About Carmen R Domingo


(415) 338-6995




BiologyCollege of Science and Engineering


Hensill Hall (HH)


Office Hours: 

Tuesday: 9:00 am-10:30 am
Thursday: 9:00 am-10:30 am


At SF State Since:




University of California, Irvine                        B.S.                         1987                        Biological Sciences

University of California, Berkeley                   Ph.D                        1995                        Molecular & Cell Biology

University of California, Berkeley                   Fellow                     1997                        Integrative Biology


Positions and Employment

1995-1997                    Research Fellow (with Dr. T. Hayes), Integrative Biology, University of California, Berkeley.

1997-2003                    Assistant Professor, Department of Biology, San Francisco State University, CA.         

2003-2008                    Associate Professor, Department of Biology, San Francisco State University.

2007-Present                Associate Chair, Department of Biology, San Francisco State University.

2008-Present                Professor, Department of Biology, San Francisco State University.


Other Professional Experience

2007                   Panelist, Division of Integrative Organismal Systems, NSF Animal Developmental Biology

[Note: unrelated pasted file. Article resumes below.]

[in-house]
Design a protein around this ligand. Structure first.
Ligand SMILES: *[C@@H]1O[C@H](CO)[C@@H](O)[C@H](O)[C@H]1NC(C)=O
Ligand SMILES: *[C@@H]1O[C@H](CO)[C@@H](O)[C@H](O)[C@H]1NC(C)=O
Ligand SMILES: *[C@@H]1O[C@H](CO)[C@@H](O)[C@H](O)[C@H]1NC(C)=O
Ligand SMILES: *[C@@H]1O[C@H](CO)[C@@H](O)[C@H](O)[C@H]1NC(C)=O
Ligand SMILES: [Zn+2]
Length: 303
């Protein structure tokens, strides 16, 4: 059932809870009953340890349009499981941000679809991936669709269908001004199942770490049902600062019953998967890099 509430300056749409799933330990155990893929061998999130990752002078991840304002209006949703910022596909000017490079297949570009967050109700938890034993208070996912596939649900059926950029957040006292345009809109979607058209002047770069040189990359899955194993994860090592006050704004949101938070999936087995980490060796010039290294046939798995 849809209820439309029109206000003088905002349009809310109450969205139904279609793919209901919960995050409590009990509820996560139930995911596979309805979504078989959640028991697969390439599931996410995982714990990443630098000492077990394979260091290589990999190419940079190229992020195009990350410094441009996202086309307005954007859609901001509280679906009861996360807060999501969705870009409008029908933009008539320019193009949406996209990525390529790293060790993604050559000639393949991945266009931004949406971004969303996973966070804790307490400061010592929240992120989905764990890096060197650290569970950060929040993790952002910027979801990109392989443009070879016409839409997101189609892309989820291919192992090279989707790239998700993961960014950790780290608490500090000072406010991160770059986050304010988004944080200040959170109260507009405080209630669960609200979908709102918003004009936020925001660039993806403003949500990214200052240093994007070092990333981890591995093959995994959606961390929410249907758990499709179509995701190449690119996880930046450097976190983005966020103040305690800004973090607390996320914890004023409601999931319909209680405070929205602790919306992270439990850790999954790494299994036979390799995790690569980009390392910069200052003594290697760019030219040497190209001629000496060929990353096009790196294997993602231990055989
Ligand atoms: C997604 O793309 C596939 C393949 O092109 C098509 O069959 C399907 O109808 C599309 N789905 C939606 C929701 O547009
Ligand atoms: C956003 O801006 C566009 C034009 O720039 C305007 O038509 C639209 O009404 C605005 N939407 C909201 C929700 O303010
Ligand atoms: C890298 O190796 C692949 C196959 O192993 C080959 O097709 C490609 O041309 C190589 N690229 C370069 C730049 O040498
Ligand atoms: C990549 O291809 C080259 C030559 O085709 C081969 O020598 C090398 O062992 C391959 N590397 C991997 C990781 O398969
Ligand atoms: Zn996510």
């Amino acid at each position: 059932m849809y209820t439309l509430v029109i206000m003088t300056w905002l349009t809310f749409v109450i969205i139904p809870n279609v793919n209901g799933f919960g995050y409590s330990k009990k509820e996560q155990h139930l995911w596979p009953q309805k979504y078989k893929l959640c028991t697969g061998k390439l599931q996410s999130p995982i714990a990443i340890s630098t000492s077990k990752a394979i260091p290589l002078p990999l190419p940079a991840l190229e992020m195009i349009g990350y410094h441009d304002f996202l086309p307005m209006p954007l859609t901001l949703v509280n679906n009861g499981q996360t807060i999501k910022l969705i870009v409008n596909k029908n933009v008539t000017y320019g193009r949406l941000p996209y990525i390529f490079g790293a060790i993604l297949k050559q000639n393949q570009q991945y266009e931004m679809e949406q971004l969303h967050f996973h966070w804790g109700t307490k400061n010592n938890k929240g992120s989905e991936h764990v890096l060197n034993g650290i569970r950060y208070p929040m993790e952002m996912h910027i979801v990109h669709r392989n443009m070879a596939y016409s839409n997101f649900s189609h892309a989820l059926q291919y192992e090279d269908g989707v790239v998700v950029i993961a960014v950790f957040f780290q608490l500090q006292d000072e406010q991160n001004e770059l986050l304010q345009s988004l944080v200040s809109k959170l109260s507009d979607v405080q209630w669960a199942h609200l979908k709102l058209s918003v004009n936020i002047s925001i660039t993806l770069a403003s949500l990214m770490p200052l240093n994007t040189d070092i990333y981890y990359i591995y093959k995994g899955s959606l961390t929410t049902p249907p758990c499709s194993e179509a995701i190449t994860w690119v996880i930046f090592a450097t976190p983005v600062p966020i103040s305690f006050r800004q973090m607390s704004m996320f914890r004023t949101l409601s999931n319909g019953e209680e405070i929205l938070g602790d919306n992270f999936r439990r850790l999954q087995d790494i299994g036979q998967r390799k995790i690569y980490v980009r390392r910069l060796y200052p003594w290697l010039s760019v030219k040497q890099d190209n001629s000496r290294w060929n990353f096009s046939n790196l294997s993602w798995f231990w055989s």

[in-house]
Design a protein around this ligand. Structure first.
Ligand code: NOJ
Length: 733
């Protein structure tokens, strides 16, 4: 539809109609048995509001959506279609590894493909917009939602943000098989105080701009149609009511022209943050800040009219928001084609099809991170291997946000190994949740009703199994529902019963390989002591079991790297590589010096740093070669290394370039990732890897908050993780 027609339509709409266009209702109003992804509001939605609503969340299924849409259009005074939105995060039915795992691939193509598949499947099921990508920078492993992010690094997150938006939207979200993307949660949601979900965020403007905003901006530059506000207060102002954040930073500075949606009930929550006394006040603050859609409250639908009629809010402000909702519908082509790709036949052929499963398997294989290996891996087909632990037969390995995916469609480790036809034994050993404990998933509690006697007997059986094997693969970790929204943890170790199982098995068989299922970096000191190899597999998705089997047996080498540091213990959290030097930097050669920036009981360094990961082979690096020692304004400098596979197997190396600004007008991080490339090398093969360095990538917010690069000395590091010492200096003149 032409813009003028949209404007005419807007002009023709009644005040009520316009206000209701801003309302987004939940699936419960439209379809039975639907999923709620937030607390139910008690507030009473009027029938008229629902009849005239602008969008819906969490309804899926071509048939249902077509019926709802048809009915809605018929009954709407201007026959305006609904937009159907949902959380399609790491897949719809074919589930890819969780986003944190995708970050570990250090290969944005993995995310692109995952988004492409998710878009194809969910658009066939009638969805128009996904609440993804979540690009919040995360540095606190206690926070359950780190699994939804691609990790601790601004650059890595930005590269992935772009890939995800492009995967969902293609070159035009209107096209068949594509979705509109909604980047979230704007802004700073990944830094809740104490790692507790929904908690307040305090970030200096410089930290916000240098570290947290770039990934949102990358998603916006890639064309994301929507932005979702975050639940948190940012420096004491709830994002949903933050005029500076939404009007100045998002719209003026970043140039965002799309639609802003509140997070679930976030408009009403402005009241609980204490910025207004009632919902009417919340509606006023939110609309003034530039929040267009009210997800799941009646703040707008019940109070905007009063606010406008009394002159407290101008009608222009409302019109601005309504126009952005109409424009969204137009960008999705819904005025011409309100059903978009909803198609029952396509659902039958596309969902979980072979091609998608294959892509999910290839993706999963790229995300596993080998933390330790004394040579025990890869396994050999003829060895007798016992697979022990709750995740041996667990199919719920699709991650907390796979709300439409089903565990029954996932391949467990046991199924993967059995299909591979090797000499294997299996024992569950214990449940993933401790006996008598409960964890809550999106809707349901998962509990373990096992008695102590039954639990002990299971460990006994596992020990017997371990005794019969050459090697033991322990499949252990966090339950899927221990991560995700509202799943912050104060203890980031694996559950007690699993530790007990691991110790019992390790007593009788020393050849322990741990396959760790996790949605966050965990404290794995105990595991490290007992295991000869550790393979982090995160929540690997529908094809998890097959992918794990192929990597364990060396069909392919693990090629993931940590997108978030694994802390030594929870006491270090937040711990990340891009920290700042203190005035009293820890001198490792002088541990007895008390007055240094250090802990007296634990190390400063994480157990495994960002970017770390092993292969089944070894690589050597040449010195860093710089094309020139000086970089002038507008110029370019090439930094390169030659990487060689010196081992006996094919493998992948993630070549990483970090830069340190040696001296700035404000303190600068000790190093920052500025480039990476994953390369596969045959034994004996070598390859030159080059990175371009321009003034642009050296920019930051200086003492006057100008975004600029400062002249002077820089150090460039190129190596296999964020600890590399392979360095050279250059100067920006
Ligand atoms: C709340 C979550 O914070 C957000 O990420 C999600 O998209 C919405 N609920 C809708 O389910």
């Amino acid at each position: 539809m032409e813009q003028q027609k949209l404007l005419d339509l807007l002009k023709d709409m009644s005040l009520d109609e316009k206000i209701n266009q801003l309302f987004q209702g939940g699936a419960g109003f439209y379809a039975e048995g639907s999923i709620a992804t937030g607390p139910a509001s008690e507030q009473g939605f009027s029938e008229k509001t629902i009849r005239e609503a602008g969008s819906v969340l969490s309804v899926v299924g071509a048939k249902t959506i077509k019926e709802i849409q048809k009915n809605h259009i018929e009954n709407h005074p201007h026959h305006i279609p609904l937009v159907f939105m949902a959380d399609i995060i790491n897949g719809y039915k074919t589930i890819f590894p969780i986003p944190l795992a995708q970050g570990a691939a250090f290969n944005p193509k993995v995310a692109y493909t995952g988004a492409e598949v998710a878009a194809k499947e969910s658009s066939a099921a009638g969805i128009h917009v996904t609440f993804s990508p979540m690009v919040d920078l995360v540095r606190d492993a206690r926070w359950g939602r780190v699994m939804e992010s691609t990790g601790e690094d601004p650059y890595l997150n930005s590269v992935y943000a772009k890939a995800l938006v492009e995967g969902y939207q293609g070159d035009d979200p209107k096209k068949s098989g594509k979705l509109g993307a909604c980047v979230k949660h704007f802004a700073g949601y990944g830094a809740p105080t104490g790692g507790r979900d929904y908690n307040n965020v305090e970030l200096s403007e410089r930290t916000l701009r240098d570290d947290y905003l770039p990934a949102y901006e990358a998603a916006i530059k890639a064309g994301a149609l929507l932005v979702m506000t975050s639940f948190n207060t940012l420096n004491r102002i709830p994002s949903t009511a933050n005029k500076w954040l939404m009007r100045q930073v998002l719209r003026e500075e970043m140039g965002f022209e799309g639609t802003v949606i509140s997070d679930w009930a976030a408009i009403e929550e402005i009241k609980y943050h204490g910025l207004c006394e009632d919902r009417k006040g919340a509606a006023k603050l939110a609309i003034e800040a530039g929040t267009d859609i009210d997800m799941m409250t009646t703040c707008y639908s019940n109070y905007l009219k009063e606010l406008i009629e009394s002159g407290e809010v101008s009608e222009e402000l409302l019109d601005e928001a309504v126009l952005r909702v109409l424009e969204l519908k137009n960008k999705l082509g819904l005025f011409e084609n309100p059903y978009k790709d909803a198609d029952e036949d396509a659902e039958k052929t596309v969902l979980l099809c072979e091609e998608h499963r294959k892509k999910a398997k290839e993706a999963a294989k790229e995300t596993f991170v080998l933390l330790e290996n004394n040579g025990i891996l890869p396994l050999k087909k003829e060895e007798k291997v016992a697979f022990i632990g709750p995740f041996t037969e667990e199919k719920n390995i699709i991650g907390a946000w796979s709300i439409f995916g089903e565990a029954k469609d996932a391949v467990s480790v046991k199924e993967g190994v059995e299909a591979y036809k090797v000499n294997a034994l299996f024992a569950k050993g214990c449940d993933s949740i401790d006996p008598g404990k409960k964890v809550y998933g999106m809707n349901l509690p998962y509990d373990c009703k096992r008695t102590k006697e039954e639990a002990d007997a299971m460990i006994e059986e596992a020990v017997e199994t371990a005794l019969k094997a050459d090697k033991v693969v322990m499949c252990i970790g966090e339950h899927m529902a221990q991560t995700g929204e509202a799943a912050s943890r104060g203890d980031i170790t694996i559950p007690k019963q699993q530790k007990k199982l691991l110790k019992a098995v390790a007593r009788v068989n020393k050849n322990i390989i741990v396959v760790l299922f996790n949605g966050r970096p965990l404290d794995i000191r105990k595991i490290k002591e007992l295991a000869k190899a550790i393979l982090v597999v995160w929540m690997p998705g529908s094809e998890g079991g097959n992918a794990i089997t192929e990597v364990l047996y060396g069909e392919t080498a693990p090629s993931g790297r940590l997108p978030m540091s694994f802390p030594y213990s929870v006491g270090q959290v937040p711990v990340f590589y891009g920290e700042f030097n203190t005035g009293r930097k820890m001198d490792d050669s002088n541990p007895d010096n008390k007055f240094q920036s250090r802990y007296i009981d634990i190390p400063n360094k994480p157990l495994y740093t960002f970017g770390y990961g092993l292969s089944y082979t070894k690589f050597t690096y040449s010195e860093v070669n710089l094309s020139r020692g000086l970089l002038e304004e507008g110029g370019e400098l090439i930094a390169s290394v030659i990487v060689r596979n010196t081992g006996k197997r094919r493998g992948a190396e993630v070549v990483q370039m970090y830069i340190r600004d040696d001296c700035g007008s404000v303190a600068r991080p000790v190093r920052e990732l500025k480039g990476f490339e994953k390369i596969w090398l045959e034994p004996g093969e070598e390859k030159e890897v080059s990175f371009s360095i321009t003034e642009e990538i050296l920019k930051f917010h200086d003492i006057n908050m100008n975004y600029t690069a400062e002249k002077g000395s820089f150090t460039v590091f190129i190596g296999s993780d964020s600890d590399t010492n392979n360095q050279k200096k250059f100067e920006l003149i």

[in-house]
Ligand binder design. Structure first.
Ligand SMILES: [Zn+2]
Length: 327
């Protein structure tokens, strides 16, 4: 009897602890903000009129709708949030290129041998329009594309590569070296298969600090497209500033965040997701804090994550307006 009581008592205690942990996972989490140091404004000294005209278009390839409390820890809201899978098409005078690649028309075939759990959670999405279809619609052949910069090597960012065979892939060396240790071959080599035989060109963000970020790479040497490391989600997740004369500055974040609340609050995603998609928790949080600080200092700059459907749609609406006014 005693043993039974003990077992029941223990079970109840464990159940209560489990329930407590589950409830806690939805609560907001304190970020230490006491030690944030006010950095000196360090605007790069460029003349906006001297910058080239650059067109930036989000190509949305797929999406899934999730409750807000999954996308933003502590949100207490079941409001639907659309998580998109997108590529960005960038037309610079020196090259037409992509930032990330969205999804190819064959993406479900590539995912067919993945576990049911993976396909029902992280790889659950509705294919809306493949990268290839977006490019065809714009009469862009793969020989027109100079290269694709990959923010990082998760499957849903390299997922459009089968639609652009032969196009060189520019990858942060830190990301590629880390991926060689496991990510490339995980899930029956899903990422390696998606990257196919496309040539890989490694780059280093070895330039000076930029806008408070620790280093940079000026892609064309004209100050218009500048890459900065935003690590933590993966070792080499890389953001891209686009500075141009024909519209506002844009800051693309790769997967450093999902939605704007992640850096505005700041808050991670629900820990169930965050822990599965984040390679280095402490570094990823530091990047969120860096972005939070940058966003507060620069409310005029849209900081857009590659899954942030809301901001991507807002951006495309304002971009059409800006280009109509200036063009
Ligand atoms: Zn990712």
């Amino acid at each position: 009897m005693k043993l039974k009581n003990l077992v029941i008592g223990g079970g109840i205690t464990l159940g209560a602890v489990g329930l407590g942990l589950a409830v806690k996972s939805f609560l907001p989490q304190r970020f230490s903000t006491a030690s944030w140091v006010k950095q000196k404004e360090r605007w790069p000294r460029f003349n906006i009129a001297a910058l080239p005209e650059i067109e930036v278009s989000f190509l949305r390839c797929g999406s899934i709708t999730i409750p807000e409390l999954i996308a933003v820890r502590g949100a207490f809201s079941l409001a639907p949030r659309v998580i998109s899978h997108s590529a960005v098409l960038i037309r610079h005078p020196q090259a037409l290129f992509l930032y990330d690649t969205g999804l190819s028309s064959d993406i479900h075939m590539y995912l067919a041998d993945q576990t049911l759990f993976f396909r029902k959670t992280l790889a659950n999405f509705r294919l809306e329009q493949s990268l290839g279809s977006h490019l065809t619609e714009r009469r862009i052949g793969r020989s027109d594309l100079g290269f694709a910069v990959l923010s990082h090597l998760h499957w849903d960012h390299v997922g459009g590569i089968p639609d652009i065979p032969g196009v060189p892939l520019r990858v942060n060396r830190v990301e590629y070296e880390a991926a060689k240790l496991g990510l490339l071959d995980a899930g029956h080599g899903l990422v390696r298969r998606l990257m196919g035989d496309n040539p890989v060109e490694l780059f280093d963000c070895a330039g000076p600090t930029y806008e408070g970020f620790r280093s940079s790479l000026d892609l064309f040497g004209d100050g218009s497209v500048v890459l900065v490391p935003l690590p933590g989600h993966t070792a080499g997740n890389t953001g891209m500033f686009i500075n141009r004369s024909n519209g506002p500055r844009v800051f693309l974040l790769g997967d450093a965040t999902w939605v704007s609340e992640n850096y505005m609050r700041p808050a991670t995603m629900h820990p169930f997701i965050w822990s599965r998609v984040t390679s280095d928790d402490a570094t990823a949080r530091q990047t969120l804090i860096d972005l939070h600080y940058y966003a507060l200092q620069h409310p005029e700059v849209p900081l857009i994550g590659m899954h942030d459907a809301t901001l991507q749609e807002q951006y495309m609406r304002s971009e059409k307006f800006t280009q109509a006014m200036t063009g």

2009                   Panelist, Developmental Biology NIH R15 (AREA)

1999-Present      Workshop Instructor, RISE, MARC, and SEPA student training programs,  SFSU

2000-Present       Ad hoc Reviewer, Developmental Biology; Developmental Dynamics; Acta Anatomica

2009-Present       Director, NSF Research Experiences for Undergraduates, SFSU

2009-Present       Director, Calif. Institute for Regenerative Medicine Bridges to Stem Cell Research, SFSU

2010-2014           Panelist, NIH National Institute of General Medical Sciences MPRC-B/TWD-D panel

2014-2018           Panelist, NIH Child Health & Human Development , Developmental Biology Subcommittee

2011-2014           Member, NSF Directorate for Biological Sciences Leadership Council 



BIOL 230         Introductory Biology I

BIOL 351         Exp. in Cell & Molecular Biology

BIOL 380         Comparative Embryology

BIOL 382/782  Developmental Biology

BIOL 699         Special Study in Biology

BIOL 861         Topics in Dev. Biol.: Myogenesis

BIOL 861         Topics in Dev. Biol.: Organogenesis

BIOL 861         Stem Cell Biology

BIOL 871         Colloquium in Micro, Cell & Mol Biol

BIOL 895         Final Report

BIOL 898         Thesis



The long-term goal of my lab, which is composed of undergraduate and master-level students, is to understand the cellular and molecular mechanisms that drive morphogenetic processes in the vertebrate embryo. Recently my lab has made significant progress in identifying the complex cellular movements that lead to the formation of somites and the elongation and alignment of muscle fibers in the model system, Xenopus laevis. Given that the somites establish the basic segmented body plan of the vertebrate adult, understanding the cellular and molecular underpinnings of this process is of great importance. Given the recent discovery of muscle-specific microRNAs involved in muscle formation and maintenance, we have recently been investigating the role of three muscle-specific microRNAs, miR-1, miR-133, and miR-206, in the regulation of somite and muscle morphogenesis.